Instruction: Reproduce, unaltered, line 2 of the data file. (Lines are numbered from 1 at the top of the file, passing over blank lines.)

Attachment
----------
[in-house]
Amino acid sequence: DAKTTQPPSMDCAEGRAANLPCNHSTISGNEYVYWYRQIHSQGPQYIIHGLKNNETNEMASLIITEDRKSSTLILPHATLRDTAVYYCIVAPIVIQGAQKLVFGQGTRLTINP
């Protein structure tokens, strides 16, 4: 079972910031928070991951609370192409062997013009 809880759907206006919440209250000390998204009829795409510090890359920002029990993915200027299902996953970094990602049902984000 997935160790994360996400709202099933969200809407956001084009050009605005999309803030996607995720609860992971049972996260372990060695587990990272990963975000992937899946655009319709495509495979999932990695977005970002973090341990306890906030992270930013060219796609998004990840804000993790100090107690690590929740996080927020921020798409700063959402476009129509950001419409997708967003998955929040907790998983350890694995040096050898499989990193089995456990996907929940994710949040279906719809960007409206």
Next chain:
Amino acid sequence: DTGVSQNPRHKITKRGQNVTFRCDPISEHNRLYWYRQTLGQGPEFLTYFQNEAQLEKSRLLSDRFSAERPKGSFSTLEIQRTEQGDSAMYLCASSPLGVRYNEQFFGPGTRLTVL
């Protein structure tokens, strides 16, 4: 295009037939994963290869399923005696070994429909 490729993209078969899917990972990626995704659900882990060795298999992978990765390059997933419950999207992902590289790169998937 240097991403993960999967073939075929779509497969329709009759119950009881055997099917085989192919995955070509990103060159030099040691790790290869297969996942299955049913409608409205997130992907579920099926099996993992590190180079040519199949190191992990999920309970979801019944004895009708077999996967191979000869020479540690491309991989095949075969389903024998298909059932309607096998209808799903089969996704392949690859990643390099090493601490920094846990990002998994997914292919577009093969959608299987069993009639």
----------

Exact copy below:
Amino acid sequence: DAKTTQPPSMDCAEGRAANLPCNHSTISGNEYVYWYRQIHSQGPQYIIHGLKNNETNEMASLIITEDRKSSTLILPHATLRDTAVYYCIVAPIVIQGAQKLVFGQGTRLTINP